Sexually transmissible infections and male sex work

Guest blogger: Dr Denton Callander

What does the research tell us?

In 2015, my colleagues and I undertook a global review of HIV and other sexually transmissible infections (STIs) among male sex workers. Specifically, we sought to find studies and reports that detailed the prevalence of these infections are among men who sell sex.

Below, I have organised the findings of that review into a ‘global dashboard’. You can filter the prevalence estimates by infection as well as by region and country, with links provided to the original studies and reports from which these were drawn.

One thing that is immediately clear when you look at these rates from a global perspective is just how varied they are from country to country. This variety underscores an important point: prevalence of HIV and STIs among male sex workers is (generally speaking) heavily influenced by local rates of infection.

So, if infection rates are high in a country overall, they are also likely to be high among the male sex workers who live and work there.

This idea is supported by a number of studies, which have found that male sex workers were not necessarily at a higher risk for infection than their non-sex working peers.  An analysis that I conducted with my colleagues in Australia, for example, found that rates of HIV, chlamydia, gonorrhoea and syphilis were the same between gay men who sold sex and those who did not.

While research in some countries found that men who sold sex had higher rates of infection than those who did not, these studies were often in places that had negatives social and legal approaches to sex work or homosexuality.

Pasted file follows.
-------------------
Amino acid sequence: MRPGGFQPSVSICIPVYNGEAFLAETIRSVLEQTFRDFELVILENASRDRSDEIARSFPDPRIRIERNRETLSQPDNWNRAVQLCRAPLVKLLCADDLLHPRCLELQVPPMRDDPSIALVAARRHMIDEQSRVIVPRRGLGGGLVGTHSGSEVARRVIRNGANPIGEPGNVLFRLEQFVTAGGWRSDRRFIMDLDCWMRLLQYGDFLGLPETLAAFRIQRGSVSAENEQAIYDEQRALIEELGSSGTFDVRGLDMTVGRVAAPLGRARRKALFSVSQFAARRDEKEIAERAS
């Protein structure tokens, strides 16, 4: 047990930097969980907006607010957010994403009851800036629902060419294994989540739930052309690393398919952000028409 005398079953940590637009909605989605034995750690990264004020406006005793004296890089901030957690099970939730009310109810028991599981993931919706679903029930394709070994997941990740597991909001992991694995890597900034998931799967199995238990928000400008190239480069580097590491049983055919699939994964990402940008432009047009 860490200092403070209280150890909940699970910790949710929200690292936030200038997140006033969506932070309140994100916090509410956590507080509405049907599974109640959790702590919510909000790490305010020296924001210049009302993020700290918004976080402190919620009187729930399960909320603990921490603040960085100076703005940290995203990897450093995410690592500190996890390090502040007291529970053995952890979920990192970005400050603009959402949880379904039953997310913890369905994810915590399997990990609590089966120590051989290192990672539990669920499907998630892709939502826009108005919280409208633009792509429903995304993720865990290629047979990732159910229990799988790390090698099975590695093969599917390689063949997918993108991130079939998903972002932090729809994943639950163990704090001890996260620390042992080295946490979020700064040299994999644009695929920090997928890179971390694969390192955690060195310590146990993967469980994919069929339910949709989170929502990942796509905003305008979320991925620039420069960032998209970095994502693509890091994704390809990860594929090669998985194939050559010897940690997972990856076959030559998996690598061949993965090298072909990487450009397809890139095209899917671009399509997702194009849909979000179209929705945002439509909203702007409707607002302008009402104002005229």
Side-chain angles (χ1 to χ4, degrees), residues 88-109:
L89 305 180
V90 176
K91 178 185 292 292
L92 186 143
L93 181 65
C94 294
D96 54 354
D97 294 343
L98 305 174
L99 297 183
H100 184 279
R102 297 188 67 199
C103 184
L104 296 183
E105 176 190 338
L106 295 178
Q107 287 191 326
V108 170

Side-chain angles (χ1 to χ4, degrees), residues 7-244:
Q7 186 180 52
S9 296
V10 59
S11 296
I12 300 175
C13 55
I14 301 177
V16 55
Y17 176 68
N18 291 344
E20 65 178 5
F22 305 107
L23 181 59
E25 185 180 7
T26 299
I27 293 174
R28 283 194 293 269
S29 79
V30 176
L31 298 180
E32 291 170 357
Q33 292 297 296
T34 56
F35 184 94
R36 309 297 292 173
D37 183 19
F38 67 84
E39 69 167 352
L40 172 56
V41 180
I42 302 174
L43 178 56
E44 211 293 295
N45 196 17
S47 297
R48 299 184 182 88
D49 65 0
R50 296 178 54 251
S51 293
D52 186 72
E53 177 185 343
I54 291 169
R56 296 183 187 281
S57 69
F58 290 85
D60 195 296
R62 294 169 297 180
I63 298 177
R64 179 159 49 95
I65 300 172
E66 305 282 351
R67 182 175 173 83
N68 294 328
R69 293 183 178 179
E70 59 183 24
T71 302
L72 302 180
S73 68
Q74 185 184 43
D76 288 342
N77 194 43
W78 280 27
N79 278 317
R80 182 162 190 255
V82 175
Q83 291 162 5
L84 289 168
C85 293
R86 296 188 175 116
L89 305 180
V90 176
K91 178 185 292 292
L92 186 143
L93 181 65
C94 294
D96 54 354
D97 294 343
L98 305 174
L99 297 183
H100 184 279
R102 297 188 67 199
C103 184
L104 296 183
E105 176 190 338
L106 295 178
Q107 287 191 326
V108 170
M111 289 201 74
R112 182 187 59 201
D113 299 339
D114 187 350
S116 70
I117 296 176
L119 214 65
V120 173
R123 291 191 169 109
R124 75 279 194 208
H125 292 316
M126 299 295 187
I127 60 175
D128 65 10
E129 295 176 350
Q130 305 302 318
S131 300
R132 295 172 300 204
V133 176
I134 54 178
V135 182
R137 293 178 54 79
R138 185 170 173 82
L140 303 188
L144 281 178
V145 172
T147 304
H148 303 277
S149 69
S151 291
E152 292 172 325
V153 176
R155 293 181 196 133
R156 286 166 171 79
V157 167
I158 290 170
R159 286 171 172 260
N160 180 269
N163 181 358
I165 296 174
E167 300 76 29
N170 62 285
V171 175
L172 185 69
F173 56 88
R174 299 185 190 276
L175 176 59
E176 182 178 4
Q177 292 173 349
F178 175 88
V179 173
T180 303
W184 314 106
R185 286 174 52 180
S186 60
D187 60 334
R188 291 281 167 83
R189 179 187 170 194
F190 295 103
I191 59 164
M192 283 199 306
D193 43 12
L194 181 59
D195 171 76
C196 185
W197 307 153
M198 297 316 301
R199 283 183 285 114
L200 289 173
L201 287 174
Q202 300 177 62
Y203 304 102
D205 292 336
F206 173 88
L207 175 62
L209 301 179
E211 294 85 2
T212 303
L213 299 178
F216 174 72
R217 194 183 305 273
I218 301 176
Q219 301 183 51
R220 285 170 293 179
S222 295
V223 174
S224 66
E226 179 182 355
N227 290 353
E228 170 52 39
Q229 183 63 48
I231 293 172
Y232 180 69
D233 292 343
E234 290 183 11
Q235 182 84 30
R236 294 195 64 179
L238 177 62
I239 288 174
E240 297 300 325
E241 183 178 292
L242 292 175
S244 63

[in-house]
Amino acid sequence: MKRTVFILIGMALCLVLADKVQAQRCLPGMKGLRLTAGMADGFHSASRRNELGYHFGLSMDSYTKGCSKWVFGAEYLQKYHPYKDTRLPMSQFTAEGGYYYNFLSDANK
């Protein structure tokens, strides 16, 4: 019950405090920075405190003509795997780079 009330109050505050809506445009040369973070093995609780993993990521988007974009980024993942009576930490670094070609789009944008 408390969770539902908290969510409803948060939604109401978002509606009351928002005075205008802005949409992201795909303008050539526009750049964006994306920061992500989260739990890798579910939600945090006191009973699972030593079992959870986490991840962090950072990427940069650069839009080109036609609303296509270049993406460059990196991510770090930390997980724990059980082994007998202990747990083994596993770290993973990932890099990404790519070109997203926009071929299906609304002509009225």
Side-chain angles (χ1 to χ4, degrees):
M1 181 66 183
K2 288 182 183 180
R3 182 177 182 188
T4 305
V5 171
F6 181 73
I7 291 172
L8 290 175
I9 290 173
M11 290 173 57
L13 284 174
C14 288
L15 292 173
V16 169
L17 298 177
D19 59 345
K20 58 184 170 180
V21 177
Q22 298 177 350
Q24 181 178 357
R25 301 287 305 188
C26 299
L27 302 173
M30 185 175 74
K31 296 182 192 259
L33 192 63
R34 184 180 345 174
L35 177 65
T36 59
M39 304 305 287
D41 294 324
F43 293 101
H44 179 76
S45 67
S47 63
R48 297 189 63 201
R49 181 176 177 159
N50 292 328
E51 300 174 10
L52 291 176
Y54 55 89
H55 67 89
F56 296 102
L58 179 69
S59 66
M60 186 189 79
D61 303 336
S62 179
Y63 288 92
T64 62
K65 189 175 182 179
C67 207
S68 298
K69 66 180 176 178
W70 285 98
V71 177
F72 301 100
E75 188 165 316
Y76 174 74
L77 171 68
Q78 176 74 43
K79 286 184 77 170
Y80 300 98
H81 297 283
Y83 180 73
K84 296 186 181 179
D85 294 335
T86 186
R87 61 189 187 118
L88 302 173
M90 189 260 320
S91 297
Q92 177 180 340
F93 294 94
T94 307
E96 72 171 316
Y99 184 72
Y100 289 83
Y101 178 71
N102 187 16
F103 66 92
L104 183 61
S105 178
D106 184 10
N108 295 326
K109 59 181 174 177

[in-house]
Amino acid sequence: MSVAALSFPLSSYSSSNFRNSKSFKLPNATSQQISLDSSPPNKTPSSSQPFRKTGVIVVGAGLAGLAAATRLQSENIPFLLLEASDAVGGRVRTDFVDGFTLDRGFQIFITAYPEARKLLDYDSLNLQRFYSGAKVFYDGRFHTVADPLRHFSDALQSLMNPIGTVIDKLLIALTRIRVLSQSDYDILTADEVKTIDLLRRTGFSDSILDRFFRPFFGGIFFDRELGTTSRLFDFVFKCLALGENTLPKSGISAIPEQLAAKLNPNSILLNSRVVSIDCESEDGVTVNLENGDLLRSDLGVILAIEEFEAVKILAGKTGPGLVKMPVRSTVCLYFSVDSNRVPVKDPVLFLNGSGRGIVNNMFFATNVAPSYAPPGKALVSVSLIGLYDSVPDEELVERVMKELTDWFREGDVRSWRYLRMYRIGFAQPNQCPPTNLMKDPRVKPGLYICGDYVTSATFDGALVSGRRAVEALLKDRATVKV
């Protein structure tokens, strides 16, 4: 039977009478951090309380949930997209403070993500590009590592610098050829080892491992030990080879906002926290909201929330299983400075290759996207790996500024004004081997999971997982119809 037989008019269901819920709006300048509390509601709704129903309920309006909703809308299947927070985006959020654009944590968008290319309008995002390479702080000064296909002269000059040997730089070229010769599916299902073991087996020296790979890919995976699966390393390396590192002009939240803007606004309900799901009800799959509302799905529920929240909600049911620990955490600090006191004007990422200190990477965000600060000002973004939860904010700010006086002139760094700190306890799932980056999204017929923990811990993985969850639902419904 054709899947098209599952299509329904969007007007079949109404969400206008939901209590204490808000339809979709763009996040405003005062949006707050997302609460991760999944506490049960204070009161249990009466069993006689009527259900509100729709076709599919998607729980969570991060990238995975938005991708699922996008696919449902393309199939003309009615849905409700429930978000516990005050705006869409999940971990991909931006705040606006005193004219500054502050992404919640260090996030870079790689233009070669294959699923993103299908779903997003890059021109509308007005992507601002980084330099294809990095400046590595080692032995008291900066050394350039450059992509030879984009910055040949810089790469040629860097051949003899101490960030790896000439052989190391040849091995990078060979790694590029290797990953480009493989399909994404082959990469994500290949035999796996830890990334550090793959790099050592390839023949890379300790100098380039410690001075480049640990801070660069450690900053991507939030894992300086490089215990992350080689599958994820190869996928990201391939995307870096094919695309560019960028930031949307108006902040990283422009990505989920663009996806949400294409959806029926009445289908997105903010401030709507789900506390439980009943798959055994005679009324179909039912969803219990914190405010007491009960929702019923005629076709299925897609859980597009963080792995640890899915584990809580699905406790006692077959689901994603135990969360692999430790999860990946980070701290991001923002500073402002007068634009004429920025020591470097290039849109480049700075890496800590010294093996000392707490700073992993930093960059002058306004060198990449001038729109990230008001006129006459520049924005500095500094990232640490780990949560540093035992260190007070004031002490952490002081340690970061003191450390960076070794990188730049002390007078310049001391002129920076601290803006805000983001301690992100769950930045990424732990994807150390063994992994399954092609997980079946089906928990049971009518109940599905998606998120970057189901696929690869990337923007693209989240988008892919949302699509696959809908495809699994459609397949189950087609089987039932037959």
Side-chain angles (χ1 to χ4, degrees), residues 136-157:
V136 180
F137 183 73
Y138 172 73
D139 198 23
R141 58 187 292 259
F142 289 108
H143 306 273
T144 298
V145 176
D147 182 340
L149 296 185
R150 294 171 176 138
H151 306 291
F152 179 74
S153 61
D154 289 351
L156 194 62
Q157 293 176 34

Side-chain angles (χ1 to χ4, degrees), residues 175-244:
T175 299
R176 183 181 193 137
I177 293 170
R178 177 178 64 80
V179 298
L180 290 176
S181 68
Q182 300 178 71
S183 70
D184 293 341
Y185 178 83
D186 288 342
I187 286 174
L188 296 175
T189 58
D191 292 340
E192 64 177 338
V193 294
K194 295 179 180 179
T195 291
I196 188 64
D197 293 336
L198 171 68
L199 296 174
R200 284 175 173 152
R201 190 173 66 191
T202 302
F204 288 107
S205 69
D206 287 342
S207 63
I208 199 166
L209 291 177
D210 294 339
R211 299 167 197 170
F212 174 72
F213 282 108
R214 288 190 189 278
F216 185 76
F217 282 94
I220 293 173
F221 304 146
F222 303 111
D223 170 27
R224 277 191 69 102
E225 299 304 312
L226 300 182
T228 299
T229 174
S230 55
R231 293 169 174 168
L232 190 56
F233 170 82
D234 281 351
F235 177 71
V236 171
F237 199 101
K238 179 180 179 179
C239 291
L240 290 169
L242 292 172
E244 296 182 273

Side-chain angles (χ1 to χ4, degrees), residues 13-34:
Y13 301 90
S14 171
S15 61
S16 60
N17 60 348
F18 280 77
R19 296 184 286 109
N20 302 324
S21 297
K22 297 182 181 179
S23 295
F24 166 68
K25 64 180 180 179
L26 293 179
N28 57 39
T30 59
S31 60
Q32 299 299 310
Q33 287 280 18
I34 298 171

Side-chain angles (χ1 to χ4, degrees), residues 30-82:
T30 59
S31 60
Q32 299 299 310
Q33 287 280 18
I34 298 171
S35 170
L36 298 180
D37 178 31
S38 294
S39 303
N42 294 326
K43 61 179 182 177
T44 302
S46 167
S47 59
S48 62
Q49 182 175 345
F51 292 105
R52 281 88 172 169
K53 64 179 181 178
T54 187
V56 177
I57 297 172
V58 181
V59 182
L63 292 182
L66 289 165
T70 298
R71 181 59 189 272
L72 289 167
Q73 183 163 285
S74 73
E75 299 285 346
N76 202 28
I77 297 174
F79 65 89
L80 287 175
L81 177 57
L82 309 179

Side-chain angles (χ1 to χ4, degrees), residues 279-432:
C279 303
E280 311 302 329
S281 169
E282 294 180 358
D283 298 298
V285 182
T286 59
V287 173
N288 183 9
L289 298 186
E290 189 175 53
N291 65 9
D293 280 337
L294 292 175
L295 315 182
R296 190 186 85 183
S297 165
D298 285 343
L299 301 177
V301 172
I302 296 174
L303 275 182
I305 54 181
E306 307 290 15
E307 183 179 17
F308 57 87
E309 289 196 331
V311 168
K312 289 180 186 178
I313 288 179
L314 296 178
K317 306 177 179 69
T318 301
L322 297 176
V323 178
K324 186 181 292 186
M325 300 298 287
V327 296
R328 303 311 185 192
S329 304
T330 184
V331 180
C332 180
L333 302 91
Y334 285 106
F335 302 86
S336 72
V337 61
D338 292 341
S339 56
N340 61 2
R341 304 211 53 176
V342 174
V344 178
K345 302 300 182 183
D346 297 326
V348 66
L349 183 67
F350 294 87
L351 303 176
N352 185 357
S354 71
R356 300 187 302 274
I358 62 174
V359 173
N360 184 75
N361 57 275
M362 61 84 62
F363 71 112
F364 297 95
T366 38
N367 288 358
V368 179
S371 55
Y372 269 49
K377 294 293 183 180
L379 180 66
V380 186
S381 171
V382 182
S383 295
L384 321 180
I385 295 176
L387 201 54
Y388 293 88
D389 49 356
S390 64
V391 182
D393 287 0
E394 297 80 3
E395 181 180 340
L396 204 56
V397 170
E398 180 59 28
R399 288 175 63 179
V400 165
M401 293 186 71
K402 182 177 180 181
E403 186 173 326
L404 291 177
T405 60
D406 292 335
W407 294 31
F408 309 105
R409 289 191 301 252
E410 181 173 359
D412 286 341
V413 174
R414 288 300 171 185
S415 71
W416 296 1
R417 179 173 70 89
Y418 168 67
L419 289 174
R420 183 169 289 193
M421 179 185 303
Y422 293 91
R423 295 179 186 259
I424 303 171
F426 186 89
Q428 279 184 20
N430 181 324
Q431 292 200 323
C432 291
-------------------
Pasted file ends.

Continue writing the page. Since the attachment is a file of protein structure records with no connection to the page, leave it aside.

One thing that is consistently found across health research: when you stigmatise people or their behaviours, you increase the likelihood of poorer health outcomes.

Generally speaking, there is no ‘global epidemiology’ of HIV and STIs among sex workers, or at least not one that can be divorced from the local settings in which men operate. While sex work might increase the risk for infection in some places, it seems to have no effect in others. Somewhat unsurprisingly, context is key.

You might also be struck by the large number of countries for which no information could be unearthed, particularly for gonorrhoea and chlamydia.  In Africa, for example, the prevalence for the whole continent is based on only three studies from Kenya and Côte d’Ivoire, which isn’t a terribly reasonable approach but one dictated by a lack of available data.

It’s quite possible that we simply missed some studies, and I encourage you to  get in touch  if you are aware of any research that that’s been missed.  This dashboard is a ‘living’ overview, which can be updated as more information becomes available.

In part, however, this lack of data reflects the tendency for people (including scientists) to ignore male sex work. While there are numerous studies accounting for the epidemiology of HIV and STIs among female sex workers, only recently has the academic world started to look at male sex workers in the same way.

Why does this matter?  Many people, including me, have argued that focusing on infection among sex workers is narrow minded and can reinforce negative attitudes towards sex work. This is true, and I cannot stress enough how important it is for research to encompass aspects of sex work that extend beyond infection and risk.